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01 July 2022

Good morning, everybody. My name is Bill Shorten. I'm the Federal Minister for the National Disability Insurance Scheme amongst other matters.

I'd like to acknowledge that this convention centre, this expo for people with disability and service providers and their carers, is being held on Gadigal land, I pay my respects to the Gadigal people of the Eora nation.

I also just first of all want to acknowledge all of the people with disability who are here, and all of the people who care for them, provide services and who love them.

I'm here today to make a few remarks about the National Disability Insurance Scheme. But I always like to give a talk by starting off with a little bit of history.

Ten years ago, there was a decision, finally after several years of grassroots campaigning to create a National Disability Insurance Scheme. In fact, it was on this day, only nine years ago in four trial sites across Australia, under then Prime Minister Julia Gillard that the NDIS started to deliver its work.

But I want to take you back to a little bit more history just in those years before the Scheme starting. Kevin Rudd got elected at the end of 2007, and he made me the Junior Minister for Disabilities.

And I thought as a union rep, which is the job I used to do before I went into Parliament, that I'd seen unfair treatment, and sometimes I had.

But in 2008, and 2009, nothing prepared me for witnessing the systemic, second class exile in our own lucky country of people with disability, profoundly severely impaired people in particular, and their carers.

And what used to happen in 2008, 2009, 2010 is that the only way you could get resources and support was you had to be in crisis. And the more crisis you got into, then you would probably get more support.

And what I discovered is that people with disability doing amazing things and their families, but they are often treated as invisible in the rest of the national political debate. Never on the media, except when it was crisis. Never on the media except for remarkable charity efforts.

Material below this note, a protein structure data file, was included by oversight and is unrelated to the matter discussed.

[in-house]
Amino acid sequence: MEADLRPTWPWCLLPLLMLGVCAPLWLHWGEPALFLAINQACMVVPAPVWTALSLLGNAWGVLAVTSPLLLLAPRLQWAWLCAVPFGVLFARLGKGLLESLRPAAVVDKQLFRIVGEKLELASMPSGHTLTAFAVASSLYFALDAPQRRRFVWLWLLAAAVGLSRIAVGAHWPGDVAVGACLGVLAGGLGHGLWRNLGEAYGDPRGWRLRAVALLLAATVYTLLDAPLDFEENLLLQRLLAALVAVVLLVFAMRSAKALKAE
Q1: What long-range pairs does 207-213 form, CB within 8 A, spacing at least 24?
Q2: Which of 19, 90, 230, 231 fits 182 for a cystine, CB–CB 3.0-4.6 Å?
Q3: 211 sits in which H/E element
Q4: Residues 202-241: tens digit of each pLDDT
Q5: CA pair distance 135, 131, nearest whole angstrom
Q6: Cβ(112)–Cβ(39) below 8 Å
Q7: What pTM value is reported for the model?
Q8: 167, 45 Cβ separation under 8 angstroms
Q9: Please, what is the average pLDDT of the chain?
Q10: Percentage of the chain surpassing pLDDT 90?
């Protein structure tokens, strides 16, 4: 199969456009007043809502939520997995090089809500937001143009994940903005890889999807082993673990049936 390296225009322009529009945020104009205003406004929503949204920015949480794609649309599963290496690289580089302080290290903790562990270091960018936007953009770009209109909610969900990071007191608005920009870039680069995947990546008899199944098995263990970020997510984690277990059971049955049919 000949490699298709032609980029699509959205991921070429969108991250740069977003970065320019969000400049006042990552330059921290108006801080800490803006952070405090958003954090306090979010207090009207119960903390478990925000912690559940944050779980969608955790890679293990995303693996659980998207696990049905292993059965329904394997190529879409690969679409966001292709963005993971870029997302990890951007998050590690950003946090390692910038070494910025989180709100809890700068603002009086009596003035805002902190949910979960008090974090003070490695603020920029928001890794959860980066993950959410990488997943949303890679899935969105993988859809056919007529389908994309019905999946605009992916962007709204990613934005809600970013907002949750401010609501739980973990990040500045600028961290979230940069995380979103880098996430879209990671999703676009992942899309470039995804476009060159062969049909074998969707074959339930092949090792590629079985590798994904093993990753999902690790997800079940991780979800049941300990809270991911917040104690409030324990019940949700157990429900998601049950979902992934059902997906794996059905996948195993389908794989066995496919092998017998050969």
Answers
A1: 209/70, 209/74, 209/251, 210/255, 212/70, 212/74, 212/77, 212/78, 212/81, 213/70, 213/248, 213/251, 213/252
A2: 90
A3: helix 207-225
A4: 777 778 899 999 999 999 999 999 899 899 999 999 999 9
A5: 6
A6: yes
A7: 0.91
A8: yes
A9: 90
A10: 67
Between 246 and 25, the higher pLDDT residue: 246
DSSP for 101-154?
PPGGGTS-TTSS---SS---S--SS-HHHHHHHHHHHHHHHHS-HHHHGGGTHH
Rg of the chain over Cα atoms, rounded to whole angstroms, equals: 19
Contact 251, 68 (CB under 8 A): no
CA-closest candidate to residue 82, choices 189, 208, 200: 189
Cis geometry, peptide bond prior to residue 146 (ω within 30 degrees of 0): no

So there was this almost fantasy view that people with disability are different. My diagnosis, though, drew a different conclusion. Disability is a fact of life, you can acquire it at birth. In the genetic lottery, you can acquire it in the blink of an eye on a country road, late at night driving. You can acquire it just for the onset of ageing.

Disability is any one of us at any time.

The real problem with disability in Australia is the lack of money, and a lack of power. You might argue that's the problem generally in life, but disability was no exception.

So we got to thinking, working with grassroots activists, mums, those carers in their 80s up at midnight, anxious for who will look after their adult child, the tired and exhausted disability support workers, people with disability, time poor, just trying to make ends meet.

And each individual on their own didn't have a lot of power, but together… together, we became something different, a lot more significant. And with Prime Minister Julia Gillard and my colleague, Jenny Macklin, the Labor Minister and myself and thousands of people; service providers, unions, employers, people with disability first and foremost.

We organised around one idea, a National Disability Insurance Scheme.

The notion of modest packages of individual support would allow people with disability to be consumers, not just treated as charity. The idea that if you could pull together a significant enough amount of money in totality, it will attract new business. It'll mean that disability carers working in the sector can make a living. It was a rising tide to lift all boats – there was a great idea.

And in 2022, when we look at the wasteland which has too often been Australian politics since the start of this century, the NDIS is an exception. It's genuine change, grassroots change, and a bit of political change.

But now there's been an election. Anthony Albanese has been elected Prime Minister, and we have come back into Government. And I've got the privilege to be coming back to the thing I'm probably most proud of in politics, which is the NDIS.

Well, I'm gravely concerned that the NDIS, which we wanted to create, has gone off track. There's a lot of good things happening in it… no question, which is great, a lot of success stories.

But I am gravely worried that for people working to get their packages on the NDIS, it's become a second full time job. This is wrong.

I'm gravely worried as I spoke to a very nice lady and her mum here earlier just as coming up here. She looks after her mum in her 60s, who had a stroke. She's looked after her since the age of four. Every year she has to, on behalf of her and her mother, have that anxiety that when one package finishes, they have to prove again from the start, that she hasn't gotten any better. The stroke is the stroke is the stroke, and the consequences of the consequences are the consequences.